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Ferragamo family, 1983

Celebrating the Balancing Act of Women with the Story of Wanda Miletti Ferragamo 

Debuting this May, “Women in Balance” is a sweeping exhibition and tribute to Wanda Miletti Ferragamo at Museo Salvatore Ferragamo, curated by Stefania Ricci and Elvira Valleri. Currently on view through May 2023 in Florence, Italy, the heart of the presentation shares the story of the late wife of Salvatore Ferragamo who, with her brilliance and poise, steered the brand from 1960 until her passing in 2018. 

At nearly 19 years of age, Wanda married Salvatore in Naples. They would go on to have six children, three boys and three girls, who would all eventually join the growing family business. Wanda, a wife, mother, and homemaker, at once became a businesswoman upon her husband’s death in 1960. She skillfully united the historic role of a woman dedicated to the well-being of her home, with loyalty and care for her family’s company. As she evolved into both the head of her household and business, and after six decades of extraordinary success, Wanda still hesitated to take credit for the Ferragamo brand. 

Wanda Ferragamo in her office, early 1980s

Wanda Ferragamo, courtesy of Ferragamo.

Salvatore Ferragamo styles created between 1955 and 1965

Salvatore Ferragamo styles, courtesy of Ferragamo.

The exhibition honors the heart, soul, and mind of Wanda, and as she would have insisted, also imparts the stories of other women who, between the late 1950s and the early 1960s, balanced personal achievements with familial devotion. Framed within the context of post-WWII Italy, and its “economic miracle,” the showcase reveals the profound cultural and societal transformations that can only be fully appreciated and explored in hindsight. Many of the celebrated women sought to construct a different society than the one in which they were born into: one with freedom and agency for all. 

In carrying on Salvatore’s dream and legacy after his death, Wanda said, “Women are, in a way, the keepers of the affection that sustains the relationship. Gradually I found the energy I needed to move forward. I had only ever taken care of my family and suddenly I had to see to everything. Management, restocking, technical issues, tracking expenditure. I believe that all of us women, or nearly all of us, could easily run a company if we’re already able to judiciously run a household.”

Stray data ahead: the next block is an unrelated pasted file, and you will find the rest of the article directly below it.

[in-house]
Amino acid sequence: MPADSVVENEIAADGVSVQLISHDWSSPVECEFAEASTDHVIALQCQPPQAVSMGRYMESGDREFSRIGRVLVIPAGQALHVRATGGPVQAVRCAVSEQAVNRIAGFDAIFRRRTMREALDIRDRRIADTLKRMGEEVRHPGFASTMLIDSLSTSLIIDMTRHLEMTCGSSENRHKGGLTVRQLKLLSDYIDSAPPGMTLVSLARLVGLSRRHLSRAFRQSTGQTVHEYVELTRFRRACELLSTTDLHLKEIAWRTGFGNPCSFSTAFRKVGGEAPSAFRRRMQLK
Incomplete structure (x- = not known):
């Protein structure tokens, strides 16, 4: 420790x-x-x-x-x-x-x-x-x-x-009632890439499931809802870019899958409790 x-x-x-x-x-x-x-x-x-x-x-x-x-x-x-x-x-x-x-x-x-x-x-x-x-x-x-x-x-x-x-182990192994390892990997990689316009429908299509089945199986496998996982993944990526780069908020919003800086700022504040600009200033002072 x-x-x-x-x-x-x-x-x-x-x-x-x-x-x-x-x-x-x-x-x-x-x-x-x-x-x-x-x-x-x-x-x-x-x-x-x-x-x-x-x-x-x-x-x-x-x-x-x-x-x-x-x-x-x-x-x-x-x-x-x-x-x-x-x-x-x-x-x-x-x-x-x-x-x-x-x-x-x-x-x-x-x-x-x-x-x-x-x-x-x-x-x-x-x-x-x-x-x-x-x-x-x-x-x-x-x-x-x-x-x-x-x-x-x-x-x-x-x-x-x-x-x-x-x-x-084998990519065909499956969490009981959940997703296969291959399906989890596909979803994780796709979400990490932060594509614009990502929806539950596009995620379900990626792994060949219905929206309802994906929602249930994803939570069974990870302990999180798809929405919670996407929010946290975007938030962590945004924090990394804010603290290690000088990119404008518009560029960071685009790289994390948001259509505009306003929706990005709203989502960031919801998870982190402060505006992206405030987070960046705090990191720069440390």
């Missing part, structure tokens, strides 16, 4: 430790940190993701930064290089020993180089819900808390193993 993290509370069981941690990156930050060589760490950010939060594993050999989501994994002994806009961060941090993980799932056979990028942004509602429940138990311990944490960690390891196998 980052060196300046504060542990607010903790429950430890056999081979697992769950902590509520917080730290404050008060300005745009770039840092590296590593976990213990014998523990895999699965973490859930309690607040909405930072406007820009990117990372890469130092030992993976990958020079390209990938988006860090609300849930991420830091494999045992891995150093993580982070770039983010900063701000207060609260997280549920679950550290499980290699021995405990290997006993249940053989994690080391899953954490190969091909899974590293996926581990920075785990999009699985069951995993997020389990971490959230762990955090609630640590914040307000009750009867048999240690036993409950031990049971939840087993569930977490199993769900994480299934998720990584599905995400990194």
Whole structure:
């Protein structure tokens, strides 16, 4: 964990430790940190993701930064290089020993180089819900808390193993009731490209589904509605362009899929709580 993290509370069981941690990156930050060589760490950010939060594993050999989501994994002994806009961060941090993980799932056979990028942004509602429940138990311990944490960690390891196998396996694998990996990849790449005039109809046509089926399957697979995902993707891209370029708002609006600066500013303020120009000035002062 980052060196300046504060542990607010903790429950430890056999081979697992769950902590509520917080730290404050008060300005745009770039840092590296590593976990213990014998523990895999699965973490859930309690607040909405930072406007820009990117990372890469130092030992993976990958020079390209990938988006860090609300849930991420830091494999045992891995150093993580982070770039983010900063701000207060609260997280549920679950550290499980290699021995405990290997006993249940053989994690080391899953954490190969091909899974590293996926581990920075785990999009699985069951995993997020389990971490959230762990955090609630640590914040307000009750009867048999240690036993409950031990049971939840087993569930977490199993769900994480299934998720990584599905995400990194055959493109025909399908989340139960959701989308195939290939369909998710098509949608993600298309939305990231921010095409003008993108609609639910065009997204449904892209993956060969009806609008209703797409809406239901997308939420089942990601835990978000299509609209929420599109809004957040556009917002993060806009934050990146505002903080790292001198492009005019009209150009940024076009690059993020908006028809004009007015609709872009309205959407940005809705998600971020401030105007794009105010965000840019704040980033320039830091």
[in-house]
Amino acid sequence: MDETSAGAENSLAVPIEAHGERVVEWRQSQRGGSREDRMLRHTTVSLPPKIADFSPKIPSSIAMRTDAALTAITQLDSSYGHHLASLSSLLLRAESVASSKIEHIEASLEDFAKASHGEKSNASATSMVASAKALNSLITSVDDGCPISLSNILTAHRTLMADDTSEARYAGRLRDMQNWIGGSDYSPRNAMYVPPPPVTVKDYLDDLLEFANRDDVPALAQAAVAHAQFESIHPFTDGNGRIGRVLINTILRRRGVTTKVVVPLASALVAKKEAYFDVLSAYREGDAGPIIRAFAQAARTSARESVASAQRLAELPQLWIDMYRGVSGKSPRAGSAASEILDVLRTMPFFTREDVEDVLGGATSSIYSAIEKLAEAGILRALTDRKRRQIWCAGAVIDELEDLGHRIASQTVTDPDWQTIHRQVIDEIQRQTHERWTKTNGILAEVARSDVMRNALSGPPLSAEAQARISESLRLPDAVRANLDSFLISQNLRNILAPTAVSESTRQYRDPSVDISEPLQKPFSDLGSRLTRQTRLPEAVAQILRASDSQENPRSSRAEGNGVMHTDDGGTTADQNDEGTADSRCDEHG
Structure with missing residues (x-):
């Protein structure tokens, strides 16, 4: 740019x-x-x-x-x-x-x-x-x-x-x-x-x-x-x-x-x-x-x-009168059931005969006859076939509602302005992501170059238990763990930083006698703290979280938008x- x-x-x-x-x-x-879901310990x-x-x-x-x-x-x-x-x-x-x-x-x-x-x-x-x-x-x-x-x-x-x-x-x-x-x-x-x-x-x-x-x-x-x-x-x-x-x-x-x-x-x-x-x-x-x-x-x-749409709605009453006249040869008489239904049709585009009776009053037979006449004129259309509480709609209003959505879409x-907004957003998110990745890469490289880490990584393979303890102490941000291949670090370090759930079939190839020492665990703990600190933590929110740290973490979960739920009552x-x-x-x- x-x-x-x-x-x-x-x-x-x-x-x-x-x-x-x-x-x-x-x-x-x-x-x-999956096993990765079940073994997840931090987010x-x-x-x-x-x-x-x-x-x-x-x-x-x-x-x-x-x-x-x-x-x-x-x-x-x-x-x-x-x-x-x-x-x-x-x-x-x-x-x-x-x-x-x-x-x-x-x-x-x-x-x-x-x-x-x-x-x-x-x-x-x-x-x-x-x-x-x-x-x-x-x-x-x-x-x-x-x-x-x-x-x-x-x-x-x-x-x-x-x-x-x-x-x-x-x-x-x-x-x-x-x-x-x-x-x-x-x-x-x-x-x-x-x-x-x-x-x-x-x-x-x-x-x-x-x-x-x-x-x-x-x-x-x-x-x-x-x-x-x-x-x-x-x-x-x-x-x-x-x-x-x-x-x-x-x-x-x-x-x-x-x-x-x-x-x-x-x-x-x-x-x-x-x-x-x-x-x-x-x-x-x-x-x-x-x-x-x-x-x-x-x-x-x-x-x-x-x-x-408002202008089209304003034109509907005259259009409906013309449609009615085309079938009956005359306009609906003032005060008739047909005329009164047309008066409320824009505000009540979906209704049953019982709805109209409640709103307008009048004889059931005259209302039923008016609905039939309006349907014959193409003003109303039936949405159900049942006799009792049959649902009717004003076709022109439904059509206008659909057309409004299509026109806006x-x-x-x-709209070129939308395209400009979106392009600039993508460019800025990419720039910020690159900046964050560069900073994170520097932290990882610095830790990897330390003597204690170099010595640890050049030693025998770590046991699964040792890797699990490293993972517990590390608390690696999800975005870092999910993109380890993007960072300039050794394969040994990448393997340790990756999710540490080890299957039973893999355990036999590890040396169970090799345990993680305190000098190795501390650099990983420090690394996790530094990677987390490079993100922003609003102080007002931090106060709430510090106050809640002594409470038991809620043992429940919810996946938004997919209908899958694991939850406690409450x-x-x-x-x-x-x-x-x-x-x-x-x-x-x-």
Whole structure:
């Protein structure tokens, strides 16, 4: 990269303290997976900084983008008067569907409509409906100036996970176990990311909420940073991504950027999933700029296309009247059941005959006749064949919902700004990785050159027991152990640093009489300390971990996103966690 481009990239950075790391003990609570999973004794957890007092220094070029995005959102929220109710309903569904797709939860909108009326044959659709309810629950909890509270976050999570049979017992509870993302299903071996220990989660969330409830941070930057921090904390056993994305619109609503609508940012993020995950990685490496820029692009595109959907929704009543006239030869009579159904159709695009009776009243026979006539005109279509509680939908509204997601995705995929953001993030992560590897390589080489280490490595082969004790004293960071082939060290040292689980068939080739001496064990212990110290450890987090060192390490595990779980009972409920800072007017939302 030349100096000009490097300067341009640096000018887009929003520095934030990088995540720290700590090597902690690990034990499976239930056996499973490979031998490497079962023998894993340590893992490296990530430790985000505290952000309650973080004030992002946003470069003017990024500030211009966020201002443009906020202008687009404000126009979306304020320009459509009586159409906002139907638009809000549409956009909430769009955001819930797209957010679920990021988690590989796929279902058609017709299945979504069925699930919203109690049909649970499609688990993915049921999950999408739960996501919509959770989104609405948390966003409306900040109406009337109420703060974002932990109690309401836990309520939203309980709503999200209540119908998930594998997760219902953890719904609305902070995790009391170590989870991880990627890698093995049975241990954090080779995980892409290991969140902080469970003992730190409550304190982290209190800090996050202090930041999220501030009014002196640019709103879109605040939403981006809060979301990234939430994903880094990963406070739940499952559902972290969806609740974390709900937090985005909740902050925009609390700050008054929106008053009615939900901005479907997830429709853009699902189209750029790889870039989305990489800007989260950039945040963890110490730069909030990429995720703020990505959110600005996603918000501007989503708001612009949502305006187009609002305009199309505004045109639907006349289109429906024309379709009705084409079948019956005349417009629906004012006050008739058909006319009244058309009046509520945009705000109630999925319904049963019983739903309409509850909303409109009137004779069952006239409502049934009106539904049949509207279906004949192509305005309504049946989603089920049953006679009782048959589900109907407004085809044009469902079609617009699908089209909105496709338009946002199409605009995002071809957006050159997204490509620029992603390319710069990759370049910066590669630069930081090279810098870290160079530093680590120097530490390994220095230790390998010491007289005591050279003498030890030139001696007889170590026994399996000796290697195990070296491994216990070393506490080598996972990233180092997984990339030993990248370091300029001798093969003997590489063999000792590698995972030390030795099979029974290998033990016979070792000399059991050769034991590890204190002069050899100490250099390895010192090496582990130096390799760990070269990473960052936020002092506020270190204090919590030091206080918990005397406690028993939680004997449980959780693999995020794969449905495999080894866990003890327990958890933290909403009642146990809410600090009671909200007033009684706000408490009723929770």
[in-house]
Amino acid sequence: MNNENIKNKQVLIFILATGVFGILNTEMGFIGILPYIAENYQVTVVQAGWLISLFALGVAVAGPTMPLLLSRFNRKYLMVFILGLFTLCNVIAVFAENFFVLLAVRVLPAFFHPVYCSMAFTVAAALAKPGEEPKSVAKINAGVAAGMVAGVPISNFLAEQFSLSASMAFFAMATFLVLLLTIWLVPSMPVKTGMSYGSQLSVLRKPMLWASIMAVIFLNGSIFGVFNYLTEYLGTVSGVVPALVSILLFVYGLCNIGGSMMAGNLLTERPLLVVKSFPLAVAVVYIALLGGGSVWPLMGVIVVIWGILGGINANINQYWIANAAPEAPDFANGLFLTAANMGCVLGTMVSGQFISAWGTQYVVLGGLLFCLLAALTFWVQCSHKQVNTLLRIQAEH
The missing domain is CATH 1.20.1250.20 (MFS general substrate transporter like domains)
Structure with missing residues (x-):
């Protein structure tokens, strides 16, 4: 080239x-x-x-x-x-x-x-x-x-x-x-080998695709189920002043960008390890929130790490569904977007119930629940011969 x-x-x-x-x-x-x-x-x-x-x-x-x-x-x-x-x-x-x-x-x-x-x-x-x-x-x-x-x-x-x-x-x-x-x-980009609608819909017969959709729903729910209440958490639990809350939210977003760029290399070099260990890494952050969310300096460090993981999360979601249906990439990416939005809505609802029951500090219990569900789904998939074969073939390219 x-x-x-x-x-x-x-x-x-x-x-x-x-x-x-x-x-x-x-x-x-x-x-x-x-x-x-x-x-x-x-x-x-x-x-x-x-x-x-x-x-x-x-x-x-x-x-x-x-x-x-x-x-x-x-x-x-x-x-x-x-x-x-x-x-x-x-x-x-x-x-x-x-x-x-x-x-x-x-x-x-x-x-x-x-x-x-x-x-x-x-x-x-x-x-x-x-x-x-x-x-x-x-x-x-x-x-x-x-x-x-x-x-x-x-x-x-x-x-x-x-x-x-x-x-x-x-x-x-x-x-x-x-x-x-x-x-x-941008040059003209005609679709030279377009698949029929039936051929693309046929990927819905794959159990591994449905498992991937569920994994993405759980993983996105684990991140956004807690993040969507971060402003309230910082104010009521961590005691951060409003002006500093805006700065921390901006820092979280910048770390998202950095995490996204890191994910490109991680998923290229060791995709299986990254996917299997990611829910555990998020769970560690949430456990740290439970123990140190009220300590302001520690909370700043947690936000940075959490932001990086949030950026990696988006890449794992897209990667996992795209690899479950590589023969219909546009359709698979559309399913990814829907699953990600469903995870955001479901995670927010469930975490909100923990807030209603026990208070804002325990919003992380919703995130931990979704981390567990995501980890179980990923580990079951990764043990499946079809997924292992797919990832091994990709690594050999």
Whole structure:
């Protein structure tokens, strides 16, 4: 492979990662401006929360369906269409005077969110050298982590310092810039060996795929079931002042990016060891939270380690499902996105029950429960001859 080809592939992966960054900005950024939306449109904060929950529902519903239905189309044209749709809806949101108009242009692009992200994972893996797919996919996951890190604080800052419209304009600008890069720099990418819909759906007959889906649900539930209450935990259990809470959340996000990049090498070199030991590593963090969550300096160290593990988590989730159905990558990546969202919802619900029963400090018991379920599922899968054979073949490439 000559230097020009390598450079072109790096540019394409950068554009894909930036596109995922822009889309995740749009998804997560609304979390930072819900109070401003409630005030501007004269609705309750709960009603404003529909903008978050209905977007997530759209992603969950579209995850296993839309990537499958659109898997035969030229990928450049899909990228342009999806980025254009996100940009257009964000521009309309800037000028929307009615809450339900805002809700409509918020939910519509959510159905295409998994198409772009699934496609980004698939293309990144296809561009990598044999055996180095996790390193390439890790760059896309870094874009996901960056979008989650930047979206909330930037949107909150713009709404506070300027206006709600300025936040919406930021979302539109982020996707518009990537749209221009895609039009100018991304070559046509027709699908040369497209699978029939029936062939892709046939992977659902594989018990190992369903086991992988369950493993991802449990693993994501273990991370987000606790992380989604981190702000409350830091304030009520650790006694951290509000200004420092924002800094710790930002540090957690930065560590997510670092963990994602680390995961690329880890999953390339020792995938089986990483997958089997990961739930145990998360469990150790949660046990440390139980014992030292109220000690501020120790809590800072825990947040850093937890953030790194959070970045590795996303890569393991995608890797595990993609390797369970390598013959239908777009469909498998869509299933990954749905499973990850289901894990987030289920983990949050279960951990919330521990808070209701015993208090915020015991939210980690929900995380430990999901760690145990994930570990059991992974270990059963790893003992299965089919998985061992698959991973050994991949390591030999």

Giosetta Fioroni, Birth of an Op Venus, 1965

Giosetta Fioroni, “Birth of an Op Venus,” 1965, oil on canvas; courtesy of Mancini-Orio collection, Pesaro.

Oriana Fallaci photographed by Ugo Mulas in 1966

Oriana Fallaci photographed by Ugo Mulas, 1966; © Ugo Mulas, courtesy of Ferragamo.

“Women in Balance” aims to examine the public/private dichotomy in post-WWII Italy, which revealed unfamiliar and compelling facets to the relationships among people, family, civil society, and the state. Women gained the right to vote and began to make their presence known in the workplace. Cultural representations, imagery, and fashions associated with women began to change, shifting Italian society and lifestyles into modernity. The American way of life had a large influence, and offered new visions of individuality. 

The Italian Prime Minister’s office (Department for Equal Opportunities), in a 2003 anthology of Italian women, professed Wanda Ferragamo as one of the first leaders of Italian industry. In a country where family-owned and family-run businesses are the standard, many women finally found opportunity after centuries of being unable to inherit the establishments that the men in their family had created. Today’s “new humanism” is thought to be an opportunity for the rebirth of society. In this vein, the exhibition and its initiatives spark contemporary reflection on societal changes and an evolved vision of equality for all.

Antonia Campi, Large vase/sculpture with three animal-shaped elements, 1953

Antonia Campi, “Large vase/sculpture with three animal-shaped elements,” 1953, ceramics and enamel; courtesy of Marco and Pietro Visconti collection, Rocchetta Tanaro (Asti).

Salvatore and Wanda Ferragamo with Audrey Hepburn at Palazzo Spini Feroni, 1954, photo Locchi

Salvatore and Wanda Ferragamo with Audrey Hepburn at Palazzo Spini Feroni, 1954; photo by Locchi, courtesy of Ferragamo.

Gae Aulenti, Bat lamp, 1965

Gae Aulenti, “Bat lamp,” 1965, steel and methacrylate; courtesy of Max Mara Business Archive, Reggio Emilia.

Carla Badiali, Sweets 6018, 1955

Carla Badiali, “Sweets 6018,” 1955, tempera on paper board; courtesy of private collection, Como.

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Kelly Wearstler

THE WINTER EXPERIENCE ISSUE
2023

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Inviting the audience to feel, touch, and experience art in its most dynamic state is “When Forms Come Alive” at Hayward Gallery.
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